I'm not sure I'll ever make a wearable dress in one hour, but I do believe that I can make something lovely inspired by this era given a few more hours. Here is one look I would love recreate.
I'm sure you can find this photo all over the net but I happened to find it on the San Francisco Podcast, Sparkle Tack.
Anna Pavlova in a Garden in the 1920's.
Girls just want to have fun! I love the variations in the details, fabrics and necklines. And, check out the hats. The photo comes from a post on Flatrock.org with the unfortunate title: "Condemned to Be Virgins: The 2,000,000 Women Robbed by the War." I like mine better.
Pictorial Review from Summer 1925. These styles are so simple and sleek with small details and wonderful fabrics. I don't think these are "One Hour" dresses but I could see myself making one in three or four hours. I think I have a pattern or two similar to these. I'll take a look and post photos when I find them.
If you are tempted to try the 'One Hour Dress", please check out the SewMarm's video tutorial. Here is the link to part one of the six part tutorial.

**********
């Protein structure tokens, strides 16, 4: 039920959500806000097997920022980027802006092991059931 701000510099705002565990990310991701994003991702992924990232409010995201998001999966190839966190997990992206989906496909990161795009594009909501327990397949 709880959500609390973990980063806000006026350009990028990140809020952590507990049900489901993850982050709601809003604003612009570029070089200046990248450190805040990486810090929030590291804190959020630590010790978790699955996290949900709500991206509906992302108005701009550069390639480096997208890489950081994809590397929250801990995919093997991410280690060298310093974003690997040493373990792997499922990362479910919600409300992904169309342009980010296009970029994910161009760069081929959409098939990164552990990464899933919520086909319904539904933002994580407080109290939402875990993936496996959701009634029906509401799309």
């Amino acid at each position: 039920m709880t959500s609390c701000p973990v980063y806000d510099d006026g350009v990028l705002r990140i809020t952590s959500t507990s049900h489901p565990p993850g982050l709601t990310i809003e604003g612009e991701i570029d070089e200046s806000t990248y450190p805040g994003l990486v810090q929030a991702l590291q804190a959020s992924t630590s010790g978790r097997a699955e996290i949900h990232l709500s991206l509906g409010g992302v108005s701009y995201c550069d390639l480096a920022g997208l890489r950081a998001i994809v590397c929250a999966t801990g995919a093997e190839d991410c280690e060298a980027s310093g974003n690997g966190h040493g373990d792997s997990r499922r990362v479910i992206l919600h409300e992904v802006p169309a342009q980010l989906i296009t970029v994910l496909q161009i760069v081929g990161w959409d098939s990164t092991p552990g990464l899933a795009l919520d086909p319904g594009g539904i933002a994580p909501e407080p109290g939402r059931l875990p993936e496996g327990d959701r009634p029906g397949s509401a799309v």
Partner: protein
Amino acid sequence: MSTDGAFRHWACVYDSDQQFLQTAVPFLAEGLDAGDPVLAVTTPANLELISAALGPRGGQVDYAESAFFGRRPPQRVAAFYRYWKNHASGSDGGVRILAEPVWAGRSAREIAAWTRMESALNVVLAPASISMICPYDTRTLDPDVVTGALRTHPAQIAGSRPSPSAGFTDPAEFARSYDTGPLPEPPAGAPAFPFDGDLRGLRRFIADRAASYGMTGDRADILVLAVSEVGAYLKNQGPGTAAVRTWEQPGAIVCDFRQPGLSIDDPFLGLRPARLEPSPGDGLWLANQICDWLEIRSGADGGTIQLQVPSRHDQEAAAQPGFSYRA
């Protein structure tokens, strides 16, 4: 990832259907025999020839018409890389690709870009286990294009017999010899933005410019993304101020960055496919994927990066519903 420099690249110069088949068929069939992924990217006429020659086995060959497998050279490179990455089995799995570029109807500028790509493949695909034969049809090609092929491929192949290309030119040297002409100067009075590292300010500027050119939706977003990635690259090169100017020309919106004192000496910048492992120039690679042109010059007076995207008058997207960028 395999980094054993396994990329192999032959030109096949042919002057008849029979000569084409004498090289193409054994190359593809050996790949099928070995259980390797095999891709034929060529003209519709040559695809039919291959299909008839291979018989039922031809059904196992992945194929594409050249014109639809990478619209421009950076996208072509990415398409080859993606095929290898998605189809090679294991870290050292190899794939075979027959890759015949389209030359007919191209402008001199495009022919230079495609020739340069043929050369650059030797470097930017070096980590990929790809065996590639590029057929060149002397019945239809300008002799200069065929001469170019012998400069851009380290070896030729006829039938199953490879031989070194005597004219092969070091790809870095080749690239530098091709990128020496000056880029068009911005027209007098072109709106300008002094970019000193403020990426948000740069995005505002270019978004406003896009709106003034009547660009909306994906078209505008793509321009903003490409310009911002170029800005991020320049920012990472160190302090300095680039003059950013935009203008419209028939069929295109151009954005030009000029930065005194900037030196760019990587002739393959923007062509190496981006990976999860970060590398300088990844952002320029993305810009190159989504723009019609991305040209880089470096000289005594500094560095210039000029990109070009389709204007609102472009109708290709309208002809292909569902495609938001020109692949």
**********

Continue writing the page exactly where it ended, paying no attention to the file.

You should also look at Dragonfly Formals' take on the one hour dress. She has three examples which show how you can put your personal touch on the dress. Her use of beads really lift the designs and seem to fit perfectly with the era.
Ok, before signing off, I just had to indulge in a little eye candy:
This beautiful dress has the simple lines I've been talking about but the beautiful beadwork makes it a bit magical. I found this photo on a blog called 100 Years of Fashion.
Here's one more beauty, this one by Norman Hartnell (1924). It's beadwork and embroidery have an Asian influence. This may be more of an 100 Hour Dress.
Have you sewn anything of or inspired by this era. I would love to see you creations and hear your adventures. Feel free to send your links and photos.